Frank follows Yum-Yum on tour to a Fort Wayne, Indiana, bar and stares agog at badly dressed and groomed Midwesterners who "had honed and refined their hedonism to an edge far sharper than what one finds in the larger cities. Their Midwest wasn't about prayer or hard work….It was about drunkenness, cocaine, and copulation"–all unknown, apparently, in the "larger" and presumably more refined cities. There, I suppose, people are merely convivial, use conversation-enhancing stimulants, and make love. To Frank, the irony in which Holmes swims arises inevitably from the sick failures of capitalist modernity: "Fake earnestness, earnest fakeness…[are]…both of them equally cozy within the market order and between them represent…all the options left to us anymore."
By the time I got my copy of the March Harper's, I had already heard, via e-mail lists or phone calls, complaints about the story's dubious premise from about a dozen Yum-Yum-conscious Harper's readers. The executive editor of Spin magazine, Craig Marks, was peeved enough to write in The Village Voice that he found Frank's account "bafflingly misguided." Marks suggested the real story was probably that "Holmes, too embarrassed to admit to his hard-ass buddy that…he actually liked girly-pop…fed Frank a steaming plate of cred-saving bullshit. And Frank bought it….Now that's ironic."
Peter Margasak, a rock critic with the alternative weekly The Chicago Reader who has covered Holmes's career, says he "was just stunned" by the article. "No one in Chicago would believe for a second" that the Yum-Yum record was not a sincere and seriously intended shot at rock stardom.
Darcy Vaughn, Yum-Yum's viola player, acknowledges that it's difficult to do some of the things pop stardom involves, such as getting dolled up and posing for promo shots, without an inner chuckle. Still, she insists that Holmes never behaved with anything less than utter sincerity about the music he was making. In the studio, Vaughn says, he would solemnly relate how certain lyrics came to him in a dream after a breakup with a beloved. The album consisted of sweet, open-hearted, string-laden love songs, and Vaughn recalls that Holmes always professed a genuine affection for that kind of pop–"especially with prospective girlfriends."
In his Voice piece, Marks called Holmes one of "the schmooziest musician[s] I have ever encountered." Margasak, the Chicago Reader critic, knew him as someone who went around town bragging about what a huge rock star this Yum-Yum record would make him. The consensus of those who know Holmes is that he badly wanted to make it big and that the Yum-Yum record was a sincere attempt at doing so.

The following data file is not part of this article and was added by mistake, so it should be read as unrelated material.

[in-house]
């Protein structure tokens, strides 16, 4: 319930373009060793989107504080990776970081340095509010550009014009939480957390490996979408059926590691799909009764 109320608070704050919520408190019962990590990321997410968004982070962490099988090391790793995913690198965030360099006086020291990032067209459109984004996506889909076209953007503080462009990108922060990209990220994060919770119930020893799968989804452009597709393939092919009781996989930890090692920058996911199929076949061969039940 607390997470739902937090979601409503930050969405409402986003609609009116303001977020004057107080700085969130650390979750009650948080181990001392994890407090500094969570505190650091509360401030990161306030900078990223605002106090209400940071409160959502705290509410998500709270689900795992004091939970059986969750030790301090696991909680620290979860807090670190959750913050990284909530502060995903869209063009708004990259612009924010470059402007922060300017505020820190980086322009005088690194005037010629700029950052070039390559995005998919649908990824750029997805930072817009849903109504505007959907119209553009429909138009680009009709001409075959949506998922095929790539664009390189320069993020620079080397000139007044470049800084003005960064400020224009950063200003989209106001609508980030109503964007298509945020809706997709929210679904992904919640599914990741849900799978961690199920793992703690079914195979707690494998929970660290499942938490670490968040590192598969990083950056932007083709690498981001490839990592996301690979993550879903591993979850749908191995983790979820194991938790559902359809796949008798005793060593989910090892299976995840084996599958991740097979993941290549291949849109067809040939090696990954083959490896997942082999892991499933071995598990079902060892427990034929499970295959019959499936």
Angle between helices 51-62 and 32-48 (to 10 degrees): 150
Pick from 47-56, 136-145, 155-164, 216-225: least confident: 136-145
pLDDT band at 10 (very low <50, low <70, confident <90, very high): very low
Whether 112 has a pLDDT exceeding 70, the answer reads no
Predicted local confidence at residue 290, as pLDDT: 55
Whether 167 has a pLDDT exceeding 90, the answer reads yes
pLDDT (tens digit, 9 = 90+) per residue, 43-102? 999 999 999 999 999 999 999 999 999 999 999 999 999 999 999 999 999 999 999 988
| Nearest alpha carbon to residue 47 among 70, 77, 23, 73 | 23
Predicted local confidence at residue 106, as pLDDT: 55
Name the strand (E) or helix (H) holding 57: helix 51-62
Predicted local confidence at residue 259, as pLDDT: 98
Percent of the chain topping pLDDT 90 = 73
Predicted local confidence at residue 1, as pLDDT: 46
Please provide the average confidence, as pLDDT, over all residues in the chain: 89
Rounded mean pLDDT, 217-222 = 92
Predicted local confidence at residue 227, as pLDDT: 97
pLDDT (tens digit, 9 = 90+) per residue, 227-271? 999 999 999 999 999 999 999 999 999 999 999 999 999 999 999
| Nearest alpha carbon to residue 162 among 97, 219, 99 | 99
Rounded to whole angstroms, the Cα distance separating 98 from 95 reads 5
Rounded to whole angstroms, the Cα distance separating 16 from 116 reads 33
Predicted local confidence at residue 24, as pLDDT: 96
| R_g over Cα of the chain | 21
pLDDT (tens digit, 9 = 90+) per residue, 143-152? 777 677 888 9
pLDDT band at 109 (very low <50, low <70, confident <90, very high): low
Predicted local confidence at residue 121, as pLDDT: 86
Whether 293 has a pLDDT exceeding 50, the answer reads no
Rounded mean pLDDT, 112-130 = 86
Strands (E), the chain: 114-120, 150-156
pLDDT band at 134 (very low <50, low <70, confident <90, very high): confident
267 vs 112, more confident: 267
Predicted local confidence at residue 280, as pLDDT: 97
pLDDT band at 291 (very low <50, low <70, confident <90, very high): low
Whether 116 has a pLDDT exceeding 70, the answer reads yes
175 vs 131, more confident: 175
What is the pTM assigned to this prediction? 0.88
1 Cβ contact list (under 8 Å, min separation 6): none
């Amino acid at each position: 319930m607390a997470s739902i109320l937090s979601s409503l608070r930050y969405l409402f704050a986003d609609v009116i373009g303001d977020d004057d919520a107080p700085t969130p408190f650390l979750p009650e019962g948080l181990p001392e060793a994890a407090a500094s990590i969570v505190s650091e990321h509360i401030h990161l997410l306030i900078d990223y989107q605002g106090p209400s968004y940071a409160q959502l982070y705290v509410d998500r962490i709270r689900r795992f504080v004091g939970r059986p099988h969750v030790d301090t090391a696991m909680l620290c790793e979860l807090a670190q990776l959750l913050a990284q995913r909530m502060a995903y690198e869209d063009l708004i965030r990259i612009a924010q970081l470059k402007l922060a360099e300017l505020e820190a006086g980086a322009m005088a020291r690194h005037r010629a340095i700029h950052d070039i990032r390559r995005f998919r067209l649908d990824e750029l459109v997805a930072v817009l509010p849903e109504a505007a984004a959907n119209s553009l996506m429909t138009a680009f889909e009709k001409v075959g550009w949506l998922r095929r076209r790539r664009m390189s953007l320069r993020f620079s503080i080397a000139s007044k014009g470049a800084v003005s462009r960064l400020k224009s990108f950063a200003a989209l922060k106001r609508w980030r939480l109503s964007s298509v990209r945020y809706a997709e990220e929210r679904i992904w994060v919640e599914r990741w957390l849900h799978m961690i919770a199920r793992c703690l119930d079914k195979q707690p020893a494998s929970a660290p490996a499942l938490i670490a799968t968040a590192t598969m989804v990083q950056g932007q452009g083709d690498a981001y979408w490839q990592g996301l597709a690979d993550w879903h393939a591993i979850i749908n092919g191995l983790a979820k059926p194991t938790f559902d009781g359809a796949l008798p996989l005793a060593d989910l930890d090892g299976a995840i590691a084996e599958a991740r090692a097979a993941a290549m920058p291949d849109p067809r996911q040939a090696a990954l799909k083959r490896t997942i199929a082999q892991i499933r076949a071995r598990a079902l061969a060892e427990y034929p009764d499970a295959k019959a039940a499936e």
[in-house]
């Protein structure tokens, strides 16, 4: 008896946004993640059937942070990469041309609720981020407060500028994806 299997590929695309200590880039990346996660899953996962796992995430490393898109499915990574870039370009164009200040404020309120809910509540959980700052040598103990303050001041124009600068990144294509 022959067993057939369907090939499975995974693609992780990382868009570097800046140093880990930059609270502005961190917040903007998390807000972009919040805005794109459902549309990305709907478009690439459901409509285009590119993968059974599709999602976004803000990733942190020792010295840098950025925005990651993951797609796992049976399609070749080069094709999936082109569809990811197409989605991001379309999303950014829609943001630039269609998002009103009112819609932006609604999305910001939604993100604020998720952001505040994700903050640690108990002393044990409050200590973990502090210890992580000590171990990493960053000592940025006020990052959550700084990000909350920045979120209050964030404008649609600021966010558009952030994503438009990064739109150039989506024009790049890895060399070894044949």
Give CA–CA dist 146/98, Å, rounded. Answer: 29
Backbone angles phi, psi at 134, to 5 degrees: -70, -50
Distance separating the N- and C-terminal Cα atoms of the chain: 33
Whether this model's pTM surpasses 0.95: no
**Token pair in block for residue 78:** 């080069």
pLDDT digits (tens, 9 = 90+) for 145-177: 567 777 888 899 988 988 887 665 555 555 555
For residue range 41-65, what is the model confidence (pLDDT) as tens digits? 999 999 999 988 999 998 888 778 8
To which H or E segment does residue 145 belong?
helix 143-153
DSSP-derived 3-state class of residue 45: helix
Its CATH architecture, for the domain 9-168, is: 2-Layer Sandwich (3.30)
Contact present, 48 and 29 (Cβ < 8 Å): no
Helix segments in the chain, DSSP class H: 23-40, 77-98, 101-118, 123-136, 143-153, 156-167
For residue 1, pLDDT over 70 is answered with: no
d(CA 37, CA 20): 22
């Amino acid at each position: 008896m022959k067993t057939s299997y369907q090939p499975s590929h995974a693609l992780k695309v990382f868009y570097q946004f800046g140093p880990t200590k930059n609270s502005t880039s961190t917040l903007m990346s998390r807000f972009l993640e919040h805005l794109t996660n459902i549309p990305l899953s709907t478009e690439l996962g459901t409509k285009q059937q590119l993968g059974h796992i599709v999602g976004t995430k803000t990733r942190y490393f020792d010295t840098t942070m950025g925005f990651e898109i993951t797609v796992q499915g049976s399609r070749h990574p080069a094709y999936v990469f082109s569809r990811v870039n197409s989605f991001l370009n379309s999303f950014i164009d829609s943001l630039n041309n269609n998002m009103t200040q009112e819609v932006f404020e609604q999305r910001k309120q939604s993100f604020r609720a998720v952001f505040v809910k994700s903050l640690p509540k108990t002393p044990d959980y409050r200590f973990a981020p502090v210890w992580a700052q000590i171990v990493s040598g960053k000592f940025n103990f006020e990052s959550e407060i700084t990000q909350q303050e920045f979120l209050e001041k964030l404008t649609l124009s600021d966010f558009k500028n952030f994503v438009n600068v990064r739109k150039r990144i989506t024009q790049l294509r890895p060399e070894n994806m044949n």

It appeared to most of these people that Holmes and/or Frank had in effect pulled something over on Harper's. Margasak says Frank discussed interviewing him for the story but never followed through. Vaughn remembers talking with Frank when he accompanied the band for three days of touring but says she had no idea that irony would be a central theme of the story.
I was fascinated by the notion of a publication like Harper's, one of America's leading intellectual magazines, running an almost entirely single-sourced story by a childhood pal of the subject that struck almost every knowledgeable reader as screwy, if not flat-out wrong. In response to the criticism, Harper's Senior Editor Ben Metcalf denies that the story said what I, Marks, and others thought it said. Frank's point, he says, was not that Holmes didn't like Yum-Yum's kind of music but that any intelligent person must have a relationship with popular culture that is multi-leveled: Someone who collects Elvis kitsch might not really like Elvis; but obviously, on some level, he feels an attraction. This oh-so-sophisticated take is what made an otherwise unremarkable story about a failed rock band worthy of Harper's.
On the face of it, an entertainer who puts on a game face during a Seventeen-sponsored tour and then mocks it afterward (as Frank suggests Holmes did) isn't necessarily being "ironic," any more than a fast-food clerk is being "ironic" when he evinces a concern for a customer's order that he doesn't really feel. But Metcalf thinks Holmes is different from other performers because of a quintessentially Harper's distinction: Holmes, you see, is "a very smart guy." Metcalf repeats this phrase like a mantra during our conversation. Whereas a Mariah Carey or a New Kid on the Block (to use his examples) does the show business grind without any awareness of its silliness, someone like Holmes has to know better. In other words, a Venezualan-Irish girl from Long Island and a bunch of Boston street kids are just pop-star puppets going through the motions. But Chris Holmes, a wealthy University of Chicago graduate, must be different–even if, to outside observers, the game's the same.